January 2021 New York
Workers’ Compensation Law Reporter Highlights

Claimant must deduct prior bicep SLU from current shoulder SLU

Case name: Liuni v. Gander Mountain, 120 NYWCLR 197 (N.Y. App. Div. 2020).

Ruling: The Appellate Division affirmed the Board’s ruling that the claimant was entitled to a 5 percent schedule loss of use of his left arm for a shoulder injury.

What it means: A claimant’s injuries to his left bicep and shoulder are not eligible for separate schedule loss of use awards because they are both encompassed by SLU awards for the left arm.

Delay in filing blocks claim for hearing loss

Case name: Walczak v. Asplundh Tree Expert Co., 120 NYWCLR 203 (N.Y. App. Div. 2020).

Ruling: Upon review, the Appellate Division affirmed the Board’s ruling that the claimant’s hearing loss claim was time-barred by WCL Section 28.

What it means: Where the evidence indicates that the claimant was routinely exposed to loud noises at work, he was sometimes unable to wear hearing protection, he first recognized he was having trouble hearing in 2002 or 2004, and the treating doctor recommend a hearing test in January 2012, sufficient support exists for the determination that the claimant should have known his hearing problem was related to his employment no later than January 2012.

Claimant may be entitled to additional indemnity benefits despite surpassing cap

Case name: Minichiello v. New York City Dept. Homeless Services, 120 NYWCLR 198 (N.Y. App. Div. 2020)

Ruling: Upon review, the Appellate Division reversed and remitted the Board’s decision finding the claimant not entitled to additional indemnity benefits because he had surpassed the cap of his maximum weeks of benefits under WCL Section 15(3)(w).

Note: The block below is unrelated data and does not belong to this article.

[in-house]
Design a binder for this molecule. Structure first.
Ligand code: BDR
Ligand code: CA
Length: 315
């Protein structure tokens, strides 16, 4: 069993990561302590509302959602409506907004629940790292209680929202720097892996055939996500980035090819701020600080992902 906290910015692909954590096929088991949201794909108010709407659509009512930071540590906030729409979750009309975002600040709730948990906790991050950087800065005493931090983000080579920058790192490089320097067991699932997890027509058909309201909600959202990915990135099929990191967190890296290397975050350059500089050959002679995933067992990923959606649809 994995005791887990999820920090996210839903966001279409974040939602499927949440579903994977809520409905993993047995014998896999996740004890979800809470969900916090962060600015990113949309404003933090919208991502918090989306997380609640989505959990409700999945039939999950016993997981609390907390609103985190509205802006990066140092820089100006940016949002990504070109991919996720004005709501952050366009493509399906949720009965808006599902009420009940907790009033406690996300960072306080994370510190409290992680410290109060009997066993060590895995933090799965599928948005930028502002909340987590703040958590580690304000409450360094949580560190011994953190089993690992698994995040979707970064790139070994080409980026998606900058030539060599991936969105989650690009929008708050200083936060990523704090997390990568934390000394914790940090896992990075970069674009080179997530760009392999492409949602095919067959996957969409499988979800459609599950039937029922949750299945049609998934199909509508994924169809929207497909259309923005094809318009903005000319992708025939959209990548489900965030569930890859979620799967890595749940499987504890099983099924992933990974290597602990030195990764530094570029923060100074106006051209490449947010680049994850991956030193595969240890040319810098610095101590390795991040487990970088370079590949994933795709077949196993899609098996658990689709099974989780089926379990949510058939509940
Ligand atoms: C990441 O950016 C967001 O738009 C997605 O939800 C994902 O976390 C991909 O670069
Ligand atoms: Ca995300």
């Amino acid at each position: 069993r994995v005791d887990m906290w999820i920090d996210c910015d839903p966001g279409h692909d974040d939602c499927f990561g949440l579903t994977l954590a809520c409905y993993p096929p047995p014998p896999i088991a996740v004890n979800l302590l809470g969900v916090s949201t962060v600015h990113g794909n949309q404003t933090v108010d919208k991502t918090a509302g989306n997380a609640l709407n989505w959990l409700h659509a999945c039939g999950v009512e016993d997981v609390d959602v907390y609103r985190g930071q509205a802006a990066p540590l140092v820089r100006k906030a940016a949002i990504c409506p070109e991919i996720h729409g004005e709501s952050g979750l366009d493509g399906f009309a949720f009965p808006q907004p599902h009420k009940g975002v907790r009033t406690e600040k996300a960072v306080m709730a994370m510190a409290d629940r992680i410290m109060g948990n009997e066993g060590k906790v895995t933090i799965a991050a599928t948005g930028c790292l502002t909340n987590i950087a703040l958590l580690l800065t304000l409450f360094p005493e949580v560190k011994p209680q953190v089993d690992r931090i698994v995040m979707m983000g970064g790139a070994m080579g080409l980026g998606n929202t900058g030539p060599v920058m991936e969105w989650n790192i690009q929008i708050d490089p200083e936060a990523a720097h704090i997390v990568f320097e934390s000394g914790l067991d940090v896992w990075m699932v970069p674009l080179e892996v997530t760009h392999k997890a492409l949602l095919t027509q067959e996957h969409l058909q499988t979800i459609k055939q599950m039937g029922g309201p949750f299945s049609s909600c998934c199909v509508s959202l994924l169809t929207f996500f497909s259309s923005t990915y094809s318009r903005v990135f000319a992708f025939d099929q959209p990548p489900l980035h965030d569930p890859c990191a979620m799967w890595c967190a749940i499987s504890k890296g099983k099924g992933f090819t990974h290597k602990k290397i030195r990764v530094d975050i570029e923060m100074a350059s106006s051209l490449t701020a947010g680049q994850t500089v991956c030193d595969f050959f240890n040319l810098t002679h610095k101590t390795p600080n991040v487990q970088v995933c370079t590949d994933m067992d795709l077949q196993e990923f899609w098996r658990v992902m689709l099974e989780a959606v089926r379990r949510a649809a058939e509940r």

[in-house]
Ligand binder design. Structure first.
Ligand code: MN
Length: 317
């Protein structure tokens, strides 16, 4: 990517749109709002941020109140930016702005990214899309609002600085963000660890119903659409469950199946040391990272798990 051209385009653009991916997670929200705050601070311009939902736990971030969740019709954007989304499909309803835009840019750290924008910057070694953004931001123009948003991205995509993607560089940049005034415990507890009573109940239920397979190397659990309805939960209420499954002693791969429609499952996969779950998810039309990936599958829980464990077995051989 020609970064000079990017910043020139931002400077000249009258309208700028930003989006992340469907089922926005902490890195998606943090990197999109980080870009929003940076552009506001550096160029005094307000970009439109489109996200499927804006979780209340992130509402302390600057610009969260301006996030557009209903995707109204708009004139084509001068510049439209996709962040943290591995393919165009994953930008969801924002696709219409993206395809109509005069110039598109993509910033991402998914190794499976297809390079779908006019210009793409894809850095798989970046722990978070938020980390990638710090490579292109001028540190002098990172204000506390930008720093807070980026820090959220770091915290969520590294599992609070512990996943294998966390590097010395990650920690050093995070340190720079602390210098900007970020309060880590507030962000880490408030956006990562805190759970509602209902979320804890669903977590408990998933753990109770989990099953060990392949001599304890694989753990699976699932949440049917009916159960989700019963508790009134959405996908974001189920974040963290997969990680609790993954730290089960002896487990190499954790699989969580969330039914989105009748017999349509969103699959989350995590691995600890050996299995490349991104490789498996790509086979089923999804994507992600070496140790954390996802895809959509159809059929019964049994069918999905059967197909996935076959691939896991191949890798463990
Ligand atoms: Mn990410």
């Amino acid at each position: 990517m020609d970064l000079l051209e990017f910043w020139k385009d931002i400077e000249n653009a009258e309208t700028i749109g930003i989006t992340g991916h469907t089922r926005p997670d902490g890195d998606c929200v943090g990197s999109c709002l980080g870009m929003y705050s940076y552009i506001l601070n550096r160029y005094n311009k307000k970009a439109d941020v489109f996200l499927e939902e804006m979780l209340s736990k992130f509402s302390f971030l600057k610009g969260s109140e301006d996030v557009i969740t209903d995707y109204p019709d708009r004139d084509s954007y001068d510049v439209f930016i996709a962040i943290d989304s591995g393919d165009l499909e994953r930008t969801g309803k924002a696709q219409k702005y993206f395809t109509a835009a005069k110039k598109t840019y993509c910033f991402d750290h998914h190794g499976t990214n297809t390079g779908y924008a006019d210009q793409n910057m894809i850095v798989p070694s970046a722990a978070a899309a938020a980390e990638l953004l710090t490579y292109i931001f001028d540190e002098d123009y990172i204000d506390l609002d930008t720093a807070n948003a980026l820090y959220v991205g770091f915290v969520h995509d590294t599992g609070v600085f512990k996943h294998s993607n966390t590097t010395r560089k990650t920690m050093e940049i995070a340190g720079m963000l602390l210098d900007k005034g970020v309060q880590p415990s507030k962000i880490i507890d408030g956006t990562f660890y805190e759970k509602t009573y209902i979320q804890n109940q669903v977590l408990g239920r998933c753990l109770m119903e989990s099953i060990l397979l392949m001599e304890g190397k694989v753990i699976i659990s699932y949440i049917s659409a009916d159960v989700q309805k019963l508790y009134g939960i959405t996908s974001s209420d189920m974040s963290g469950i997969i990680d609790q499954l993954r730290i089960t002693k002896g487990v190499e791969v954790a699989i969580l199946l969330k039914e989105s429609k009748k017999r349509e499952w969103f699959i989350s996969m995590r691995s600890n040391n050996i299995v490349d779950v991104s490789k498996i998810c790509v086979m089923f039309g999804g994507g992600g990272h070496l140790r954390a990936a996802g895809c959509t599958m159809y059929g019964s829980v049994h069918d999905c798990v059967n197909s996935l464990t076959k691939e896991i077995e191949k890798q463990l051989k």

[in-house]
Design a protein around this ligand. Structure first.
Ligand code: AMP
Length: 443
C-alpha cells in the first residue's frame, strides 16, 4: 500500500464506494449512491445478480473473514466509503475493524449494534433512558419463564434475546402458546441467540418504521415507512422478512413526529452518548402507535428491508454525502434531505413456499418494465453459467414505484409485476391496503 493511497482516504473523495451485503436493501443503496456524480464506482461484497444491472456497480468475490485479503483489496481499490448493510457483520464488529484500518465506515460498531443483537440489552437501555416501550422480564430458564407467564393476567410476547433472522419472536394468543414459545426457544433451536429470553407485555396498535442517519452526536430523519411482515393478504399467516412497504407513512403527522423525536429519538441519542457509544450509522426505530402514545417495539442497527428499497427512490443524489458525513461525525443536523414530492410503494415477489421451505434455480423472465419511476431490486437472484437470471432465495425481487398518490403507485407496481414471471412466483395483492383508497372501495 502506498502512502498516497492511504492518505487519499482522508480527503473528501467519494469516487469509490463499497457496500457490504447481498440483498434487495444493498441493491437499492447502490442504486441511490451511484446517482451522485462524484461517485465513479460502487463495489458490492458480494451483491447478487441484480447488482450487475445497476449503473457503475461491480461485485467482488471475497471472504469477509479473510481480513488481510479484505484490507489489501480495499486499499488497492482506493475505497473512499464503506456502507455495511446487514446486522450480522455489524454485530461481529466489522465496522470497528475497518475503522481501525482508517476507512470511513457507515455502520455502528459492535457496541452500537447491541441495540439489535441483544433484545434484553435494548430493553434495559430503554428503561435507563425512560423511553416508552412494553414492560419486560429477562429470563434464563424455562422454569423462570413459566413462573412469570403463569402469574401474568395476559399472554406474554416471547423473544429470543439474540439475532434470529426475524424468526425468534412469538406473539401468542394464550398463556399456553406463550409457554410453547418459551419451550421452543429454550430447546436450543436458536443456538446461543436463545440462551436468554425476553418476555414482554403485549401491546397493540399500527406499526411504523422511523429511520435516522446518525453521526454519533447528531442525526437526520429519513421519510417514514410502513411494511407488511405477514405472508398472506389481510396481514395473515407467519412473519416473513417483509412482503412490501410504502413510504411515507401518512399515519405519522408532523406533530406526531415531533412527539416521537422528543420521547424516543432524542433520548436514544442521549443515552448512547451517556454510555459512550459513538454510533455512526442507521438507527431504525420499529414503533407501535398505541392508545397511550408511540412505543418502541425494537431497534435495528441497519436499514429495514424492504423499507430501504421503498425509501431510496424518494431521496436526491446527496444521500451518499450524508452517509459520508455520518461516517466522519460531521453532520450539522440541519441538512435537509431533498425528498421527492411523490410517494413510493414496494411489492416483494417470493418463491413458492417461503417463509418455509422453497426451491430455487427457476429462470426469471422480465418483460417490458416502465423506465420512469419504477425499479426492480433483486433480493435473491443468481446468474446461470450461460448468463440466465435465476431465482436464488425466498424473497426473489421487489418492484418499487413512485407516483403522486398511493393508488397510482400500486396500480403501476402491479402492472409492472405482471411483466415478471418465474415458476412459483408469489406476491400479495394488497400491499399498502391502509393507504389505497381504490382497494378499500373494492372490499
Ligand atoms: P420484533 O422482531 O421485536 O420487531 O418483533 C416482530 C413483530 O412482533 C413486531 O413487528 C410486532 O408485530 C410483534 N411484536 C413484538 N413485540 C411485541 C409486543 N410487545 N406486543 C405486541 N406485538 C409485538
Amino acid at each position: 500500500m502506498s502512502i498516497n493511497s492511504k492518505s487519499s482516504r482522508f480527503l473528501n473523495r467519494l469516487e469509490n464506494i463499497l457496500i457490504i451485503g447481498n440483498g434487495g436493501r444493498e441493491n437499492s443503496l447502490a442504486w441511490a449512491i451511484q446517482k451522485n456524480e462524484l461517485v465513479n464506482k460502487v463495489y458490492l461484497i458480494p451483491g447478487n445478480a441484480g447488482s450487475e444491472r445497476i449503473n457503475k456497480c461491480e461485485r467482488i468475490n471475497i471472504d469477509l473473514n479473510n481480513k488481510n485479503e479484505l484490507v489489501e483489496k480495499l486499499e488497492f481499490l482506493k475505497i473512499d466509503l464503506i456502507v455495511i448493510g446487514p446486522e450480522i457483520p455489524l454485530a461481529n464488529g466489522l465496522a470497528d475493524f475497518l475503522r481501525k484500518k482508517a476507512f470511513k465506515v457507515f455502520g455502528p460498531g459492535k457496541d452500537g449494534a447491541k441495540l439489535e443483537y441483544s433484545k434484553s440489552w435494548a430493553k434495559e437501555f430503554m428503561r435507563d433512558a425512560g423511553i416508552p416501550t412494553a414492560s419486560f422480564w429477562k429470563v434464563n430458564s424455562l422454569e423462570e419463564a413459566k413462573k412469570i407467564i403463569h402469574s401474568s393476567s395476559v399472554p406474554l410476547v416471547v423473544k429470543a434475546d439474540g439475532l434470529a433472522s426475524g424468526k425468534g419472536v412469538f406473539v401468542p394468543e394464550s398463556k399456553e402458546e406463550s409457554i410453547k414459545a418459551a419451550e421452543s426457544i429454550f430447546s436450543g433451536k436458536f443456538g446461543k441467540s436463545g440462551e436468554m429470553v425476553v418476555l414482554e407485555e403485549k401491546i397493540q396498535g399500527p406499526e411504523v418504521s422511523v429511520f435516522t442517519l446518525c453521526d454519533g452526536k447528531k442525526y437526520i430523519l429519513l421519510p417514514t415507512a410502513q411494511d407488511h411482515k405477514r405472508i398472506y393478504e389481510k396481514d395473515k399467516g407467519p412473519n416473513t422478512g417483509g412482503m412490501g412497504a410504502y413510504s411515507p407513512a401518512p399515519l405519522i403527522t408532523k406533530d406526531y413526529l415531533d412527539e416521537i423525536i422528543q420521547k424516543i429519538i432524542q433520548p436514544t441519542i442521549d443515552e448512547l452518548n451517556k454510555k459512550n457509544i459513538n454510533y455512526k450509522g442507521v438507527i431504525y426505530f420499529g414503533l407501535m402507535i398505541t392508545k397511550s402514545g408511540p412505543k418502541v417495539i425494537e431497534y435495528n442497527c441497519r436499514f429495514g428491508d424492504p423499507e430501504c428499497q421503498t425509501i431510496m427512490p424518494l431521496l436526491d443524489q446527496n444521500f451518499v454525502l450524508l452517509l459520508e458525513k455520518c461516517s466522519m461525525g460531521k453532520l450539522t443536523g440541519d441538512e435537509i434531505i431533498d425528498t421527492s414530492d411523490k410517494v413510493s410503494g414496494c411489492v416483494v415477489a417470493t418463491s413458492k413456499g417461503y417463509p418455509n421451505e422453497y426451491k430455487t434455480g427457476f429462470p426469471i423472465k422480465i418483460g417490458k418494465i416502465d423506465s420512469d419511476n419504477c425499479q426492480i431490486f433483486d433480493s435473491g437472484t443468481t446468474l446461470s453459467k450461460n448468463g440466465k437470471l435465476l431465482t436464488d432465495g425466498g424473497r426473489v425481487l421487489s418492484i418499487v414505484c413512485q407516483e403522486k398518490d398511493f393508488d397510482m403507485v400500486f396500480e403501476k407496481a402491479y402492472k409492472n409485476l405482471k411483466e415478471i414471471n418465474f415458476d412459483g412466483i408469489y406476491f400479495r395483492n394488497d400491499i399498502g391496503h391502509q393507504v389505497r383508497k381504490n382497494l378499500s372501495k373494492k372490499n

What it means:Although WCL Section 35(3) provides an additional opportunity for certain permanent partial disability claimants with a loss of wage-earning capacity greater than 75 percent to continue benefits after the exhaustion of their capped weeks if, within the year prior to the exhaustion of their indemnity benefits under WCL Section 15(3), they can establish extreme hardship, the court rejected the interpretation that only those claimants are eligible to extend their benefits by seeking a redetermination to total industrial disability status in light of the plain meaning of WCL Section 35(2)

Maintenance worker secures benefits for fall at work

Case name: Albany, Country of, 120 NYWCLR 188 (N.Y. W.C.B., Full Board 2020)


Ruling: Upon mandatory review, the Full Board held that the preponderance of the evidence supported a finding that the claimant, who fell down a flight of stairs at work, sustained injuries that arose out of and in the course of employment.

What it means:  Even if a claimant’s fall at work was the result of a seizure which was not related to his work, thereby rebutting the presumption created by WCL.  Section 21(1), if the fall occurred while the claimant was in the course of his employment and descending a flight of stairs, his employment placed him at an increased risk and his resulting injuries would nonetheless be compensable.

Work-at-home employee’s claim warrants remittal for application of proper standard

Case name: Case name:  Capraro v. Matrix Absence Management, 120 NYWCLR 181 (N.Y. App. Div. 2020)

Ruling: Upon review, the Appellate Division reversed the Board’s ruling that the claimant’s injury, sustained while carrying office furniture upstairs at his home, did not arise out of and in the course of his employment.


What it means: A rigid new standard for employees working from home under which injuries are only compensable if occurring during regular work hours and while the employee is actively engaged in work duties is unsupported by precedent and inconsistent with the remedial nature of the WCL.  The proper standard is whether the claimant was engaged in a purely personal activity that was not reasonable and sufficiently work-related under the circumstances.